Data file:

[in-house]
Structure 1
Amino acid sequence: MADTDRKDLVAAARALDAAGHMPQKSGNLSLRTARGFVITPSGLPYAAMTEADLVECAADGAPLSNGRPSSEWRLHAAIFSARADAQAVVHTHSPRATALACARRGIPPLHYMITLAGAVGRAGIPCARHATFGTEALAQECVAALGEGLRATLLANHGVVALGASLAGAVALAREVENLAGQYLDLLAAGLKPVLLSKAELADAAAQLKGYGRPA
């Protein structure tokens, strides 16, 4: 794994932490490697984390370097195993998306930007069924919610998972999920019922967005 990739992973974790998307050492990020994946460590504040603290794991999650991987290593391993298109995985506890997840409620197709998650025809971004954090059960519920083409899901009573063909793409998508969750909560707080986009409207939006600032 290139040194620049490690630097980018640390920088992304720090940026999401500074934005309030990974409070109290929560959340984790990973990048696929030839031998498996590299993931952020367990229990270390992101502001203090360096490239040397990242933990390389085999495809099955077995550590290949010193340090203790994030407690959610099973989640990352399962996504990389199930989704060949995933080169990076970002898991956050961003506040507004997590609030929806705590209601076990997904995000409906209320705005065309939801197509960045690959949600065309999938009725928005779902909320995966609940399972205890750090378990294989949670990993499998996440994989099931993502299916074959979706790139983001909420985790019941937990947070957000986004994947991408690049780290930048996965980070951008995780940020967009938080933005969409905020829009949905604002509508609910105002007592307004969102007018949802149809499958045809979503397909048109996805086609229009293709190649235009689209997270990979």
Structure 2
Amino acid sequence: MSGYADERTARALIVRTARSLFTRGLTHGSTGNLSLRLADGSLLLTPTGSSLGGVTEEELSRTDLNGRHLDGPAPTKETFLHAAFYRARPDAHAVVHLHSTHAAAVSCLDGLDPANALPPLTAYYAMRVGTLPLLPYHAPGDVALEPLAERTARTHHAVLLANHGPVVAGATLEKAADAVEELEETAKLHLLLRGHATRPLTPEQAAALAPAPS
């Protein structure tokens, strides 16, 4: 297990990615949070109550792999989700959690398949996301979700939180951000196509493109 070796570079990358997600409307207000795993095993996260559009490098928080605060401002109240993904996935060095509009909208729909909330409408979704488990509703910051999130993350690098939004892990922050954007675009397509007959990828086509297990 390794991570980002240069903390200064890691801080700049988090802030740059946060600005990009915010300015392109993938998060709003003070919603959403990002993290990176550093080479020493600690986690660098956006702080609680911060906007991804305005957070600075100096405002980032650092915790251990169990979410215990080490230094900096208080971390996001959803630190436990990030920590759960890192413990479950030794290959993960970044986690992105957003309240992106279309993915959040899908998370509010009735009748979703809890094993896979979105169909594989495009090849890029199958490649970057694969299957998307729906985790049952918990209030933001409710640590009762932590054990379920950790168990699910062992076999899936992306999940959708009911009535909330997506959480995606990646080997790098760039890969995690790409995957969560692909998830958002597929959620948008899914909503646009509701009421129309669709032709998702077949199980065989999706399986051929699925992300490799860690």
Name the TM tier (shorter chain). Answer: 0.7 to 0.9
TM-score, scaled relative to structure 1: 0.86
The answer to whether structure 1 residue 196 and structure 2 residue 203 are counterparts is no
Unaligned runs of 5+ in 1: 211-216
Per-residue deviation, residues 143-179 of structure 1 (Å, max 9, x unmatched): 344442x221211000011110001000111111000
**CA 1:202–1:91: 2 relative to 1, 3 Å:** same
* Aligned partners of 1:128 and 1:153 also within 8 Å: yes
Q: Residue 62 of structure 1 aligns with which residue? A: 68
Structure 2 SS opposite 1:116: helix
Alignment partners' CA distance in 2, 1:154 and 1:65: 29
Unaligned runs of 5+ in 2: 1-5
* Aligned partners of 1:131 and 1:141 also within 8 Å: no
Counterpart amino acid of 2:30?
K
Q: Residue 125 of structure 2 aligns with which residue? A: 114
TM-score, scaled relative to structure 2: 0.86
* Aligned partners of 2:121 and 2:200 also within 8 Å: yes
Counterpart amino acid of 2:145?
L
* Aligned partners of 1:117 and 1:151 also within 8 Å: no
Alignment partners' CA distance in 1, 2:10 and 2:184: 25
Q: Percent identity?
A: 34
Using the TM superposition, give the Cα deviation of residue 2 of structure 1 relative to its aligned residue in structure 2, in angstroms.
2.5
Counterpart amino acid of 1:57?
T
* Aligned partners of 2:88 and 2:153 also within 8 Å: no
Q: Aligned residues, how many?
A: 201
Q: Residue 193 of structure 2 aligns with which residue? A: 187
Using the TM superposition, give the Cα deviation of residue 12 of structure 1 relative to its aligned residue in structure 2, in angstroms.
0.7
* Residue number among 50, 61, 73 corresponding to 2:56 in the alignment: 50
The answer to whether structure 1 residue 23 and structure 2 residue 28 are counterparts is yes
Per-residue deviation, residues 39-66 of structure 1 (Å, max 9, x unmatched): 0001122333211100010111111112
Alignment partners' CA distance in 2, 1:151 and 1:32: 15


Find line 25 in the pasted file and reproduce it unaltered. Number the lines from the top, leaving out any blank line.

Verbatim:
Counterpart amino acid of 2:145?